“We wanted to address this as a holistic project that addresses issues on a number of fronts,” he says. “We want to increase capacity and leverage existing resources in the community.”
One partner organization that is hoping to expand its reach through the project is the KHEIR Center, which operates a community clinic and social services programs for underserved and uninsured residents of southern California. The center has offered health education workshops and presentations in the past, but the MeHCA project will give it the videoconferencing capabilities it needs to expand to new audiences, says Kirby Van Amburgh, project manager with the KHEIR Center.
“It’s an opportunity to increase our audience and get the information out there. It was a pretty easy decision to participate,” she says. “This really fits our mission to increase access to healthcare. In these times, we need to be creative in increasing access in ways that we wouldn’t be able to do before.”
The videoconferencing sessions also will promote beneficial socialization between older adults, says Gordon Gibb, director of social services at St. Barnabas Senior Services, a Los Angeles-based organization that provides transportation, social support, nutrition programs, health education, and other services. St. Barnabas will provide workshops via videoconferencing and also offer Dakim BrainFitness kiosks at three of its sites.
“It’s about giving [older adults] a chance to offer mutual support and build that network and follow up on one another,” Gibb says. “And knowing that the broadcasts are going across the city allows them to feel connected to [older adults] in other areas.”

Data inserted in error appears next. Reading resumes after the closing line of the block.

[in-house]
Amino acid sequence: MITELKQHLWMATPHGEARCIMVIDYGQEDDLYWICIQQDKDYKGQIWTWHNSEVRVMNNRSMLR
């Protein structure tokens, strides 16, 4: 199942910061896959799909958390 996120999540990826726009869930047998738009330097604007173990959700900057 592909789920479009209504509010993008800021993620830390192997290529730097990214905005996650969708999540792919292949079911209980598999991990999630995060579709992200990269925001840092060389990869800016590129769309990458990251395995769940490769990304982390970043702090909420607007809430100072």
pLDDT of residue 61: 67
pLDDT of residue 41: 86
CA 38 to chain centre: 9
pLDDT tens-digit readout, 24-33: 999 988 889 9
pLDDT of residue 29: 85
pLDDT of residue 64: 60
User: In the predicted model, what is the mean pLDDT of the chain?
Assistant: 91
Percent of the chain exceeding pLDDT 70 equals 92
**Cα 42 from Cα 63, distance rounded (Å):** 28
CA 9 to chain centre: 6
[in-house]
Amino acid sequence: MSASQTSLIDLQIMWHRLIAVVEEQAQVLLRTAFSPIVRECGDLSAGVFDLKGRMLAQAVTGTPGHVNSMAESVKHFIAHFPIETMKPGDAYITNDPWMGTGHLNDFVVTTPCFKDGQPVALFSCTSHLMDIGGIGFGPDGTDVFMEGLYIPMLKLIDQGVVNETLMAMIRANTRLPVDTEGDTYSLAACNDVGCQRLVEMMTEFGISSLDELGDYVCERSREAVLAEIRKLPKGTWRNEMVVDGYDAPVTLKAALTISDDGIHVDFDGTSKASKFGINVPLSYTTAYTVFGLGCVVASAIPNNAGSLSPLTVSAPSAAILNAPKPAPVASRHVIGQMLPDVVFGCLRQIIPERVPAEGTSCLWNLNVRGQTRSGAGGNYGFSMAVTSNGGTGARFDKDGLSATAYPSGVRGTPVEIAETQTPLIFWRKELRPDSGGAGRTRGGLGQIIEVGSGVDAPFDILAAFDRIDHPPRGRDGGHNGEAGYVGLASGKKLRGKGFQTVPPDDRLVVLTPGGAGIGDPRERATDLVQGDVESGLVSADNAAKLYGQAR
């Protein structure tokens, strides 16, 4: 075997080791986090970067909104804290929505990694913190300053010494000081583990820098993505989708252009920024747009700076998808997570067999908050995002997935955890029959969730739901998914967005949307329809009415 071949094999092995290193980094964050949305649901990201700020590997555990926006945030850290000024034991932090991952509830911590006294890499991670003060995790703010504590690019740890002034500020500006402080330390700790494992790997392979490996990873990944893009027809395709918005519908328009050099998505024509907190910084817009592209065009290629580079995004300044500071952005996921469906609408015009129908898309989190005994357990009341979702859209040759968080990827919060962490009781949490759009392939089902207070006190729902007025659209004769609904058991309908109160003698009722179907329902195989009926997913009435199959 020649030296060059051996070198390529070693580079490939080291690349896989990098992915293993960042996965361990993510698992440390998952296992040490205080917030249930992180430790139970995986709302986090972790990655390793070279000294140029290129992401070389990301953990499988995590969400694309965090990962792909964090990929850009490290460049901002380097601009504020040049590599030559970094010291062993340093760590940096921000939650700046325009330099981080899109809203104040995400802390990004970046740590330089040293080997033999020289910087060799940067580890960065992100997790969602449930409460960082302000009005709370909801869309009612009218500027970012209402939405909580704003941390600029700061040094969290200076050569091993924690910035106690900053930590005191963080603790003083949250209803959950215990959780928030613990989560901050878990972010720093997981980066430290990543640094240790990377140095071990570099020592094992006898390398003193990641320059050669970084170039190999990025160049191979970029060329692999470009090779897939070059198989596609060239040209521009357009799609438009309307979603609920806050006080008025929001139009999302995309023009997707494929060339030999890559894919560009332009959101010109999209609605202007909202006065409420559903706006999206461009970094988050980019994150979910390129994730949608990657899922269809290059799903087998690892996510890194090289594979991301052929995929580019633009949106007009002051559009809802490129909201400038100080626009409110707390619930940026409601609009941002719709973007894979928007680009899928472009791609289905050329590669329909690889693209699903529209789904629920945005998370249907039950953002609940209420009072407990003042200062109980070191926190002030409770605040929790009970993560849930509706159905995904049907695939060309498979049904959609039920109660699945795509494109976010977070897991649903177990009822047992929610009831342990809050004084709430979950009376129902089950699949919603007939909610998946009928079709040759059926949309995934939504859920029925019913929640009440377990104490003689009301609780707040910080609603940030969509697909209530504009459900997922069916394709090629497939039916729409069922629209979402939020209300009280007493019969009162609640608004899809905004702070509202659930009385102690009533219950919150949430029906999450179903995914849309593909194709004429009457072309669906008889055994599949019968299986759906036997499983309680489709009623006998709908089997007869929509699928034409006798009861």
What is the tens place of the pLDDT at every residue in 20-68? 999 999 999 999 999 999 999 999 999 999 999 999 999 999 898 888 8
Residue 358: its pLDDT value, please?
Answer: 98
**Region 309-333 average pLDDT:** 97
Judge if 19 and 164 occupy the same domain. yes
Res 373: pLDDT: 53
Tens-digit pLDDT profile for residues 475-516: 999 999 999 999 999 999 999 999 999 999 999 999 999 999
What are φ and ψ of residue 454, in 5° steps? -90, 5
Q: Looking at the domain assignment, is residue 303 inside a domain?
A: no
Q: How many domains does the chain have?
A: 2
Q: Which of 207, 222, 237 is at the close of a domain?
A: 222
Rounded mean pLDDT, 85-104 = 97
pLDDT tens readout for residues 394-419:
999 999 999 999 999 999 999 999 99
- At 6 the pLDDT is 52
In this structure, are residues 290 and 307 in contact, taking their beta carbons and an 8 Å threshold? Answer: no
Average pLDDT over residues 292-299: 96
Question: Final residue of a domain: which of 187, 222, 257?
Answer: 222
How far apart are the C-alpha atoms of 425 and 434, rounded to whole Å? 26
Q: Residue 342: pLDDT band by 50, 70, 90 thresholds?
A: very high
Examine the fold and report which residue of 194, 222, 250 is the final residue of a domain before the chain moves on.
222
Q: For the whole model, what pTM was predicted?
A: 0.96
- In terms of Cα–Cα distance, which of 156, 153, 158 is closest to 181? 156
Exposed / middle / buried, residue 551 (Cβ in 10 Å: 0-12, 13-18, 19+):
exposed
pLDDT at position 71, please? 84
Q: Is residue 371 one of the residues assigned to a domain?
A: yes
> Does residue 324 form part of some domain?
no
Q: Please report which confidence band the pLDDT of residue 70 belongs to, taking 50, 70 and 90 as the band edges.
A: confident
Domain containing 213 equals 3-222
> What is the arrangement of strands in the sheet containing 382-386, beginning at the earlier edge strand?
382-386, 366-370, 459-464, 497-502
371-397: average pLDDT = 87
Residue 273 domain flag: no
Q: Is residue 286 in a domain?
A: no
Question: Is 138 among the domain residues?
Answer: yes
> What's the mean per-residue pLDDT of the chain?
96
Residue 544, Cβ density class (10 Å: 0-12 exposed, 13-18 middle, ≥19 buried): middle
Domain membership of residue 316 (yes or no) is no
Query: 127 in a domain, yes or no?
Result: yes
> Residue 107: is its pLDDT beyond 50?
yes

The cooperation that the MeHCA project promotes among healthcare organizations, social service agencies, and behavioral health professionals will become more and more important as the healthcare landscape is increasingly shaped by federal healthcare reform and the push for person-centered healthcare homes, says Sajid Ahmed, director of health information technology and innovation for L.A. Care Health Plan, another project partner. L.A. Care is a public health plan serving residents of Los Angeles County. One of its projects is the Health Information Technology Extension Center for Los Angeles County, which is helping healthcare providers throughout the county implement electronic health records.
Technologically Forward, Culturally Competent
“It needs to be done in a language sensitive and culturally competent way,” says Hong, who also is chairman of the NASW’s Aging Specialty Practice Section Committee. “It’s going to take time. It’s a matter of developing trust.”
Gibb says he understands that certain aspects of the MeHCA project may be more difficult to implement than others. For example, older adults with low English proficiency may face barriers in accessing the Dakim BrainFitness kiosks because the program’s exercises are offered only in English and have a western cultural perspective. But that’s not a reason to reject such technological interventions, he says.
“With anything we try, there are going to be challenges. It’s something to keep on your radar, but it’s not a barrier,” he says. “It’s part of the learning process.”
— Christina Reardon, MSW, LSW, is a freelance writer based in Harrisburg, PA, and a contributing editor at Social Work Today.